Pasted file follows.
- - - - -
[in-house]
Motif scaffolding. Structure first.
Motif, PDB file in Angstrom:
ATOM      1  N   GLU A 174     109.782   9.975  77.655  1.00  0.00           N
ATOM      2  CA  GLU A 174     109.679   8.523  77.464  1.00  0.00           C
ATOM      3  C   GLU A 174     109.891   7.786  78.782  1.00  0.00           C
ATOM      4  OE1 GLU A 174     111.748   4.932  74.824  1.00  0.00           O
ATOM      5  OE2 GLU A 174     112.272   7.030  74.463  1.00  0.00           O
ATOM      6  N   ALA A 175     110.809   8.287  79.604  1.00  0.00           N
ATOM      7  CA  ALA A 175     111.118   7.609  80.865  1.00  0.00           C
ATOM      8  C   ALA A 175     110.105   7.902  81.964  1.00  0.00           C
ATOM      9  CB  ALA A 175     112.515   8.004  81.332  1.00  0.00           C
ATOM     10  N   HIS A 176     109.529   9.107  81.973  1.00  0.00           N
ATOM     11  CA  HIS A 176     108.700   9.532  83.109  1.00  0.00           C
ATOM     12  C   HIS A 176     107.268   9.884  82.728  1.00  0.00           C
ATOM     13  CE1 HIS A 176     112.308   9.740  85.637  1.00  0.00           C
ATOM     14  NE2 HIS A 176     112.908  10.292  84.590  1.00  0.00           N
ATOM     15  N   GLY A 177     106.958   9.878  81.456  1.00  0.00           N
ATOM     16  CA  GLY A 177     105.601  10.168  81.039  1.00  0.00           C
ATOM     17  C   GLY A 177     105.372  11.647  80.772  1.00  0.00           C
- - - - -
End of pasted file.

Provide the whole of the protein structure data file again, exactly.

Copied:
[in-house]
Motif scaffolding. Structure first.
Motif, PDB file in Angstrom:
ATOM      1  N   GLU A 174     109.782   9.975  77.655  1.00  0.00           N
ATOM      2  CA  GLU A 174     109.679   8.523  77.464  1.00  0.00           C
ATOM      3  C   GLU A 174     109.891   7.786  78.782  1.00  0.00           C
ATOM      4  OE1 GLU A 174     111.748   4.932  74.824  1.00  0.00           O
ATOM      5  OE2 GLU A 174     112.272   7.030  74.463  1.00  0.00           O
ATOM      6  N   ALA A 175     110.809   8.287  79.604  1.00  0.00           N
ATOM      7  CA  ALA A 175     111.118   7.609  80.865  1.00  0.00           C
ATOM      8  C   ALA A 175     110.105   7.902  81.964  1.00  0.00           C
ATOM      9  CB  ALA A 175     112.515   8.004  81.332  1.00  0.00           C
ATOM     10  N   HIS A 176     109.529   9.107  81.973  1.00  0.00           N
ATOM     11  CA  HIS A 176     108.700   9.532  83.109  1.00  0.00           C
ATOM     12  C   HIS A 176     107.268   9.884  82.728  1.00  0.00           C
ATOM     13  CE1 HIS A 176     112.308   9.740  85.637  1.00  0.00           C
ATOM     14  NE2 HIS A 176     112.908  10.292  84.590  1.00  0.00           N
ATOM     15  N   GLY A 177     106.958   9.878  81.456  1.00  0.00           N
ATOM     16  CA  GLY A 177     105.601  10.168  81.039  1.00  0.00           C
ATOM     17  C   GLY A 177     105.372  11.647  80.772  1.00  0.00           C